Aims: Measurement of self-reported lower urinary tract symptoms (LUTS) typically uses a recall period, for example, "In the past 30 days…." Compared to averaged daily reports, 30-day recall is generally unbiased, but recall bias varies by item. We examined the associations between personal characteristics (eg, age, symptom bother) and 30-day recall of LUTS using items from the Symptoms of Lower Urinary Tract Dysfunction Research Network Comprehensive Assessment of Self-reported Urinary Symptoms questionnaire.
Methods: Participants (127 women and 127 men) were recruited from 6 US tertiary care sites. They completed daily assessments for 30 days and a 30-day recall assessment at the end of the study month. For each of the 18 tested items, representing 10 LUTS, the average of the participant's daily responses was modeled as a function of their 30-day recall, the personal characteristic, and the interaction between the 30-day recall and the characteristic in separate general linear regression models, adjusted for sex.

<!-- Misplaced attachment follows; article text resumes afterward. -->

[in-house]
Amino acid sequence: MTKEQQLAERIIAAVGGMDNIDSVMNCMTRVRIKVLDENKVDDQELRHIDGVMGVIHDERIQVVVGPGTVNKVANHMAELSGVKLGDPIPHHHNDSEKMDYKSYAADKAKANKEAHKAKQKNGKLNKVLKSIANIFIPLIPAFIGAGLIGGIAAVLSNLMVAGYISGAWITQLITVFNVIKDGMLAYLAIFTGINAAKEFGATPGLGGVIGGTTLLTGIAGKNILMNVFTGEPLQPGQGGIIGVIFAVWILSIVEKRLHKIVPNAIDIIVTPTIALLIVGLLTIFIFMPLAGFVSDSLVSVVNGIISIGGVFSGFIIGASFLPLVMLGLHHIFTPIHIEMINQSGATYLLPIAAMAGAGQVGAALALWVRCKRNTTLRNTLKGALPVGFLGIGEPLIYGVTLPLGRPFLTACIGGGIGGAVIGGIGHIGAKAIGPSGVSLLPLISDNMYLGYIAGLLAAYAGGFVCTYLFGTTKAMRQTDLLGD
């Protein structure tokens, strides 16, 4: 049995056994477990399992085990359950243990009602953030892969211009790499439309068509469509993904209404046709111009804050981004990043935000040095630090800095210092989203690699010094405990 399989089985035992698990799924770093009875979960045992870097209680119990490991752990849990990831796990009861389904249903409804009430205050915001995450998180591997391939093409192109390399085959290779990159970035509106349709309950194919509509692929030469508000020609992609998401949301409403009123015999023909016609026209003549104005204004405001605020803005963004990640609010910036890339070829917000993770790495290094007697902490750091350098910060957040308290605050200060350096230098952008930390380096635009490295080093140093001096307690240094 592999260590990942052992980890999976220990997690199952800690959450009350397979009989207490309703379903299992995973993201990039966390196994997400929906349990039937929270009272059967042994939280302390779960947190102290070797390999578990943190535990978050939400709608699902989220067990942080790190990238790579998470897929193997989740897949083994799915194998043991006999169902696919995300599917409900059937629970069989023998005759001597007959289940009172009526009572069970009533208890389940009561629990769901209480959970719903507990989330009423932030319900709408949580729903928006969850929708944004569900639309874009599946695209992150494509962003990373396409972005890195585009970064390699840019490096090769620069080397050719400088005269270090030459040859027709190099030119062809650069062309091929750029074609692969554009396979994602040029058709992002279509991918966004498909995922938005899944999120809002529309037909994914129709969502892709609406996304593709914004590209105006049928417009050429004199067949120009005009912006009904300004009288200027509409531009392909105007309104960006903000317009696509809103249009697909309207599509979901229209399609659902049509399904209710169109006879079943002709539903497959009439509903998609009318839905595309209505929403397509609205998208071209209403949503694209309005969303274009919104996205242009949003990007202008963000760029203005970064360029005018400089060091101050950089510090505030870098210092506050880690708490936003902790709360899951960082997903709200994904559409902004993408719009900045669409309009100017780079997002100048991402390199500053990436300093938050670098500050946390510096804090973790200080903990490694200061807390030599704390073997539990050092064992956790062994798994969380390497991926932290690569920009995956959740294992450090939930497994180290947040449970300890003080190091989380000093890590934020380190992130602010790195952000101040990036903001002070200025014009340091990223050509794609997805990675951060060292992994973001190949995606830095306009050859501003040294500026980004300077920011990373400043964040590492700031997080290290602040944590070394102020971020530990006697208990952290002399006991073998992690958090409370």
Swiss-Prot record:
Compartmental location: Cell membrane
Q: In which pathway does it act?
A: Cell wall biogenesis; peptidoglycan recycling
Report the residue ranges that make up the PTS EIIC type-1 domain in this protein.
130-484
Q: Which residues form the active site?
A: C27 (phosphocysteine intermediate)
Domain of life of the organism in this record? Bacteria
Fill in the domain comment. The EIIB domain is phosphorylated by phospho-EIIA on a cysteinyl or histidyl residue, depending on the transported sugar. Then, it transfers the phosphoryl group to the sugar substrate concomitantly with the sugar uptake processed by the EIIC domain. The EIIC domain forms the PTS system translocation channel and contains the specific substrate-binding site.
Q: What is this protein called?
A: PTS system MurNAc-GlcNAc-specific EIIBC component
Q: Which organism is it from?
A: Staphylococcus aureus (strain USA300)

Results: Nine items representing 7 LUTS exhibited under- or overreporting (recall bias) for at least 25% of participants. Bias was associated with personal characteristics for six LUTS. Underreporting of incontinence was associated with older age, lower anxiety, and negative affect; overreporting of other LUTS was associated with, symptom bother, symptom variability, anxiety, and depression.
Conclusions: We identified under- or overreporting that was associated with personal characteristics for six common LUTS. Some cues (eg, less bother and lower anxiety) were related to recall bias in an unexpected direction. Thus, providers should exercise caution when making judgments about the accuracy of a patient's symptom recall based on patient demographic and psychosocial characteristics.
Keywords: humans; lower urinary tract symptoms; measurement; mental recall; patient‐reported outcomes; self‐report; urination.
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